Sabbaticals: What are they good for?
Sabbaticals: What are they good for?SHARE
It obviously wasn’t the first time a prominent All Black had jumped ship and pursued a lucrative European contract, but it was the first time such a move did not jeopardise his involvement within the All Blacks and New Zealand rugby as a whole.
Despite the unfortunate nature in which the sabbatical ended, (with Carter rupturing his Achilles tendon less than a month in) the idea of taking an extended break from top-level rugby to rest and reassess has only increased in popularity since Carter’s initial test case.
The idea of a sabbatical is similar to that of an ‘OE’, or Overseas Experience, a sort of right of passage for a lot of young people who have just completed long periods of study. In the context of Rugby, the ripe age for an ‘OE’ is around 27-30 years old. It usually comes as a bridge of sorts, connecting the limbo period between the prime of one’s career to their twilight years.
For a top level player in New Zealand, a full season can be as long as 10 months, not including pre-season training. With Super Rugby starting in mid-February, players don’t realistically break until mid-November, after the conclusion of the Autumn test season. All things considered, you can’t exactly blame players for wanting a reprieve.
Former All Black Conrad Smith believes that his sabbatical in 2013 was as much a mental break as it was physical.
“I have played more rugby in the last three or four years than I have any other time, more than when I was 20 and breaking down a lot more. It is funny how it works like that. To me, it is purely personal choice. You can only do the same thing for so long because you become ready for something else.”
The importance of the sabbatical to a player’s overall health and well-being is more evident than ever, but it does pose the question, how beneficial is it to a player’s on-field performance and impact?
Take Conrad Smith for example, who, as previously mentioned, opted for a six-month sabbatical away from rugby in late 2013.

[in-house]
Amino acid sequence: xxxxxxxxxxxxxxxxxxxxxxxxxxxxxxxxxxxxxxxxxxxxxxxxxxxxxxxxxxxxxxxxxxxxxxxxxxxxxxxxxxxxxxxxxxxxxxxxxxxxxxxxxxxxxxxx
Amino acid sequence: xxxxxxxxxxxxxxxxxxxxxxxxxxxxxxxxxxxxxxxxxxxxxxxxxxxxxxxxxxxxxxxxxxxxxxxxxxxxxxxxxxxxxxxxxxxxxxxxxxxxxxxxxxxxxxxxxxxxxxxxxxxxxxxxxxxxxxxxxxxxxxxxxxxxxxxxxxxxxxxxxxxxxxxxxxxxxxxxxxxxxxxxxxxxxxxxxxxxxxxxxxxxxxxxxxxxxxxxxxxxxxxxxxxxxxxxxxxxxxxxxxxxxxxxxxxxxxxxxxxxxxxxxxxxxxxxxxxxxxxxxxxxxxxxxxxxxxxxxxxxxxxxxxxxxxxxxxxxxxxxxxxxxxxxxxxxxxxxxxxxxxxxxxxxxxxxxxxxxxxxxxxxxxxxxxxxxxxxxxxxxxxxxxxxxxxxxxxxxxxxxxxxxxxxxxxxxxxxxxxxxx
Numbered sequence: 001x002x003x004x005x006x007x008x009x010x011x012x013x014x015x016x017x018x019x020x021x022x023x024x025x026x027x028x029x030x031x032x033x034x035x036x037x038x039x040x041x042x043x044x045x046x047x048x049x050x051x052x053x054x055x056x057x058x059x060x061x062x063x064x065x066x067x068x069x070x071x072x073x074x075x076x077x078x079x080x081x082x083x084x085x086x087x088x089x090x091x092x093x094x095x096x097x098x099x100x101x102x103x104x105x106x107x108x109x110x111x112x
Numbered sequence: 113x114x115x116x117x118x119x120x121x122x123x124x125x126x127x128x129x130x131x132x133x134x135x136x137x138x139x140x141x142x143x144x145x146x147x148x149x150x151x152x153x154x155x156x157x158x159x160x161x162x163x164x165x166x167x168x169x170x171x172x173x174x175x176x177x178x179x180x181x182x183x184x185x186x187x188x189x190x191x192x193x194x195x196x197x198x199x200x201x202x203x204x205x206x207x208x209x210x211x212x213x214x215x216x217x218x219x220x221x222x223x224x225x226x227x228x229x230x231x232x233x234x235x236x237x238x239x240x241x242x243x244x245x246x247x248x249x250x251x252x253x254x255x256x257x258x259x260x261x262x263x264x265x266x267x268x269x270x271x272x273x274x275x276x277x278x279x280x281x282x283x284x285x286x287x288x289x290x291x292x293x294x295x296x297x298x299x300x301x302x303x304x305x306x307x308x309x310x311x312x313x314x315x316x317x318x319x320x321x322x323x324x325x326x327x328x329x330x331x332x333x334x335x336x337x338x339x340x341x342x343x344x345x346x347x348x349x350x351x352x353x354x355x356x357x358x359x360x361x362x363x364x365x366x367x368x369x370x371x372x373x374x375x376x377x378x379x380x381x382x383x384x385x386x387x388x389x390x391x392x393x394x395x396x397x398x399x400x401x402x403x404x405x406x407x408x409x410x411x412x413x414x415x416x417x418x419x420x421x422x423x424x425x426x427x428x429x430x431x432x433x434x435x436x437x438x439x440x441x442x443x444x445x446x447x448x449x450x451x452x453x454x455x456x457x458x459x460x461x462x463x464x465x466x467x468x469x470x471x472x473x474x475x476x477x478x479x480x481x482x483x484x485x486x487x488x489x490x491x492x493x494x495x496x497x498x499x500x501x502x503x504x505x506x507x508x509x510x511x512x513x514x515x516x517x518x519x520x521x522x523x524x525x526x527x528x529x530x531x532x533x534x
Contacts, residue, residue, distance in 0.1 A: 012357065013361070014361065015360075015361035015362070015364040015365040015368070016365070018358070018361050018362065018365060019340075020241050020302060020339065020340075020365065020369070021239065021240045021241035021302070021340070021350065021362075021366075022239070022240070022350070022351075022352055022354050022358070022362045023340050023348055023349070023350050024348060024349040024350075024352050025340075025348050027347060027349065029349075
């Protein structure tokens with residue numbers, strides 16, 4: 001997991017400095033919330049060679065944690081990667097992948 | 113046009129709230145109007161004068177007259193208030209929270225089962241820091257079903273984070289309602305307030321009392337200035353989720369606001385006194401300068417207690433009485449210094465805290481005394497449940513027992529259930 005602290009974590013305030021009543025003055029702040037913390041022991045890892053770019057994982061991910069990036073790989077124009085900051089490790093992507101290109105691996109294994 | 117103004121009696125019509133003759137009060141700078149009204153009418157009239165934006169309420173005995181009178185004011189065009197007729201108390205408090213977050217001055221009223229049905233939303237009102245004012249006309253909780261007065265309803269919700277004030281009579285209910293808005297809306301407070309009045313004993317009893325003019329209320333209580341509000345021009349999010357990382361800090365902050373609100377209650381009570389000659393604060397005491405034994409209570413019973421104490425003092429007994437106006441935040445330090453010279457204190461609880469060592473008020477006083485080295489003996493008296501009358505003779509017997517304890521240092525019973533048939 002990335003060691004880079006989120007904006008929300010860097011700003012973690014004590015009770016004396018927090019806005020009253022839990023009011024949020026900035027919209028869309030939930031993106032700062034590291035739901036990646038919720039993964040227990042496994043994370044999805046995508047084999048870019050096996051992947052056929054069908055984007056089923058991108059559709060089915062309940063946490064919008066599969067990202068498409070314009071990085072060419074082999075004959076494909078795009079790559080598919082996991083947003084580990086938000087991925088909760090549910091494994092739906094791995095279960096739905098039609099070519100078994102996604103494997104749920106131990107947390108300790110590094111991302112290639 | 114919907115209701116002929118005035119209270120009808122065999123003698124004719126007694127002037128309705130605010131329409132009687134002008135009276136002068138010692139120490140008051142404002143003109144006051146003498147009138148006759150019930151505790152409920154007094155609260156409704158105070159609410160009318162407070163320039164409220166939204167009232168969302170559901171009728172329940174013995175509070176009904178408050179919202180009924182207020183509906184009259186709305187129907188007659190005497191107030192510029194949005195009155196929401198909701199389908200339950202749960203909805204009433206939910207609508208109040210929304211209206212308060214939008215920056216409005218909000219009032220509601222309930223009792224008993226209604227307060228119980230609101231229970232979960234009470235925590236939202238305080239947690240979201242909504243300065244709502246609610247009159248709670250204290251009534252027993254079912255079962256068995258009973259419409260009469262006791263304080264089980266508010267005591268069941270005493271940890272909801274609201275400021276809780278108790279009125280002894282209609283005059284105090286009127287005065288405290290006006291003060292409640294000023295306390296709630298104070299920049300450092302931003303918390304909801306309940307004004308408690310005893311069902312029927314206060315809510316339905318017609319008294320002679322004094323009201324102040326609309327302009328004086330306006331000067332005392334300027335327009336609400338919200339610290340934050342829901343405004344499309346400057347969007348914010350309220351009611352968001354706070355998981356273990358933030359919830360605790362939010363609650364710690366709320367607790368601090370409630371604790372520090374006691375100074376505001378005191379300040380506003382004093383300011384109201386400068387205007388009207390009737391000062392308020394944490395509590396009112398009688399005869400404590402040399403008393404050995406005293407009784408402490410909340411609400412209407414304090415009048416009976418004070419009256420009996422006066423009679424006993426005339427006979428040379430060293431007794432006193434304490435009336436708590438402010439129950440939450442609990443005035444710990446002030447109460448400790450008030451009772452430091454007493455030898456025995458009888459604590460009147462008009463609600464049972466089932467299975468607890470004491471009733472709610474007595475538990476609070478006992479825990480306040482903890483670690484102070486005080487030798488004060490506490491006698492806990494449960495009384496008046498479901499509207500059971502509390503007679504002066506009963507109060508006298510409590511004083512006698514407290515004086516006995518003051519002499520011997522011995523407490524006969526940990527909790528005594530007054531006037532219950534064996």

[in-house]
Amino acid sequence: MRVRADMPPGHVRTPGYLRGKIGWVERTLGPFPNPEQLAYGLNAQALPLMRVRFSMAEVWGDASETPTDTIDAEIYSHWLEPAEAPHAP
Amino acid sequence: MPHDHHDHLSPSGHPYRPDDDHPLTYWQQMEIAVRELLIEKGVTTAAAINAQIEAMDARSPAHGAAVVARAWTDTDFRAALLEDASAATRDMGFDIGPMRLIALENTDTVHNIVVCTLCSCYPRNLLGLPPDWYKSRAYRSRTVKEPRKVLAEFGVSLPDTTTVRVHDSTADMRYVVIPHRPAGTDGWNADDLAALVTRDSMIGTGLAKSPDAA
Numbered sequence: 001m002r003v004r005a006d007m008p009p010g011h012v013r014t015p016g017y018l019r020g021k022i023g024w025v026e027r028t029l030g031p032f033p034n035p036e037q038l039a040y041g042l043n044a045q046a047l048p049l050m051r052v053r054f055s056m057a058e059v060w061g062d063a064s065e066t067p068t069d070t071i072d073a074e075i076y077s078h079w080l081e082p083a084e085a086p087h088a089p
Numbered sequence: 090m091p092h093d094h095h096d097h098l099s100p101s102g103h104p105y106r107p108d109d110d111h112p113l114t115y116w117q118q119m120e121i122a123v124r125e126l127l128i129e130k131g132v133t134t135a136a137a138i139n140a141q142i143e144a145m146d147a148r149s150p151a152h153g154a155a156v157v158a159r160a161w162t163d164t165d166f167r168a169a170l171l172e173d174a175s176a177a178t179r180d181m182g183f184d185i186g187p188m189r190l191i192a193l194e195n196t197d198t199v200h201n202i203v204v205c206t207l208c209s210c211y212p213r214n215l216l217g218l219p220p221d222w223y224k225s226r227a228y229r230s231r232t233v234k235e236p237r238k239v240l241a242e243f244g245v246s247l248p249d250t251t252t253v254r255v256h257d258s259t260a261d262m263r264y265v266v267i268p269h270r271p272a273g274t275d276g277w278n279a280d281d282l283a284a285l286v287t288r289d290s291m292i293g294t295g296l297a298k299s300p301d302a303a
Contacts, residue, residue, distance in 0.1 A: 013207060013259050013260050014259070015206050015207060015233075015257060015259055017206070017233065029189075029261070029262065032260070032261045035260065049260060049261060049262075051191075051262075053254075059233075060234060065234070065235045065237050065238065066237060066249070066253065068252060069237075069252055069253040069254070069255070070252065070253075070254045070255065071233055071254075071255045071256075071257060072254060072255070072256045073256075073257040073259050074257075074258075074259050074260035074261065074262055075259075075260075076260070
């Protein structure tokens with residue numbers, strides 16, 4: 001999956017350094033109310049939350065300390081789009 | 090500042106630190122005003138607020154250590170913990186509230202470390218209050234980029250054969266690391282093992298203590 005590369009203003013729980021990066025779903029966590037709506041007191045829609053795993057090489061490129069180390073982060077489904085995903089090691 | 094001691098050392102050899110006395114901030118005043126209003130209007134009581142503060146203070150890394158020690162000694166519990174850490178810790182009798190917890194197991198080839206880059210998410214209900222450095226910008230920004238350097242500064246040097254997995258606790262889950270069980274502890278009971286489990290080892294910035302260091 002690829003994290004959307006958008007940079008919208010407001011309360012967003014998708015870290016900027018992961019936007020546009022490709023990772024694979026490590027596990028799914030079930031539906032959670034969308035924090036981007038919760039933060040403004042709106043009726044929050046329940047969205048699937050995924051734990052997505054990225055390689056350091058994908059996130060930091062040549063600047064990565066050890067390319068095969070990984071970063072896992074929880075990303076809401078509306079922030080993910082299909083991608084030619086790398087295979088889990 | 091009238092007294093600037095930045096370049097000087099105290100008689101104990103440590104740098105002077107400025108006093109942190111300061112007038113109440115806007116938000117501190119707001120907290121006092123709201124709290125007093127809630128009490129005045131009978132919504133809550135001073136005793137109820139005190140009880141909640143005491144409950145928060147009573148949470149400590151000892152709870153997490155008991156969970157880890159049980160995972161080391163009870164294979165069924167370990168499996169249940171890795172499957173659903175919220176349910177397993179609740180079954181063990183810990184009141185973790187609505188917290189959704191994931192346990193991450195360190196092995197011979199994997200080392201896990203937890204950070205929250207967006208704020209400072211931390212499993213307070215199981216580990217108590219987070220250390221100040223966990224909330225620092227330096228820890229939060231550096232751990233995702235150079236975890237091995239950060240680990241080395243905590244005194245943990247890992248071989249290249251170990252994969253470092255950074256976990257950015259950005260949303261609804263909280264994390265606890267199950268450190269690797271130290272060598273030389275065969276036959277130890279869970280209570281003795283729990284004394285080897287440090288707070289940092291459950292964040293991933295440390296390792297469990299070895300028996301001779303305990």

In the years leading up to his sabbatical, Smith had established himself as the senior statesman of the All Blacks midfield. Unquestionable on-field intelligence, rock-solid defence and an uncanny ability to identify gaps and run the right lines earned him the nickname “Snake.”
By then, Smith had earned a total of 75 test caps for the All Blacks (50 of which were alongside his midfield partner Ma’a Nonu) and was integral to New Zealand’s successful World Cup campaign in 2011. He had already carved himself a career that most players dream of, so one could be forgiven for assuming that Smith had already perhaps seen his best days.
Whilst his playing ability and physicality showed no signs of waning, being such a vital figure in New Zealand rugby meant that Smith found that spending extended periods of time away from home was emotionally draining.
Add to that, a number of injuries and head knocks were seen as career-threatening for Smith at the time. So it seemed as though the most appropriate response was to take a break, especially given his ambitions to feature in the 2015 Rugby World Cup.
In hindsight, this move proved vital for Smith’s World Cup aspirations. He rejoined the All Blacks in the 2014 season with a fresh perspective and outlook and eventually was able to realise his goal of playing in the 2015 World Cup.
Smith was not the only one who benefitted from this kind of career foresight and planning at the time, both Richie McCaw and Dan Carter had also been on similar sabbaticals following the 2011 World Cup win.
Three players, all with over ten years of international playing experience, were able to refresh and renew their careers despite their age. All three could have retired after the 2011 World Cup, but instead, they chose to fight on and continue.
We often forget that Rugby is a career, it is the sole source of income for many players. And like a lot of jobs, doing it for over ten years without any kind of break can destroy motivation and output.
The Sabbatical is here to stay it seems, and will continue to grow as the need to maintain player well-being also increases in the modern game. It serves as a reflection of a shift towards player safety, and a deviation from the potentially harmful stubbornness of previous eras.
When the players are happy, the rugby is good, and that’s all that we as devoted fans of the great game can ask for.
Watch below: RugbyPass correspondent Ra Pomare caught up with Conrad Smith a few weeks ago in Pau: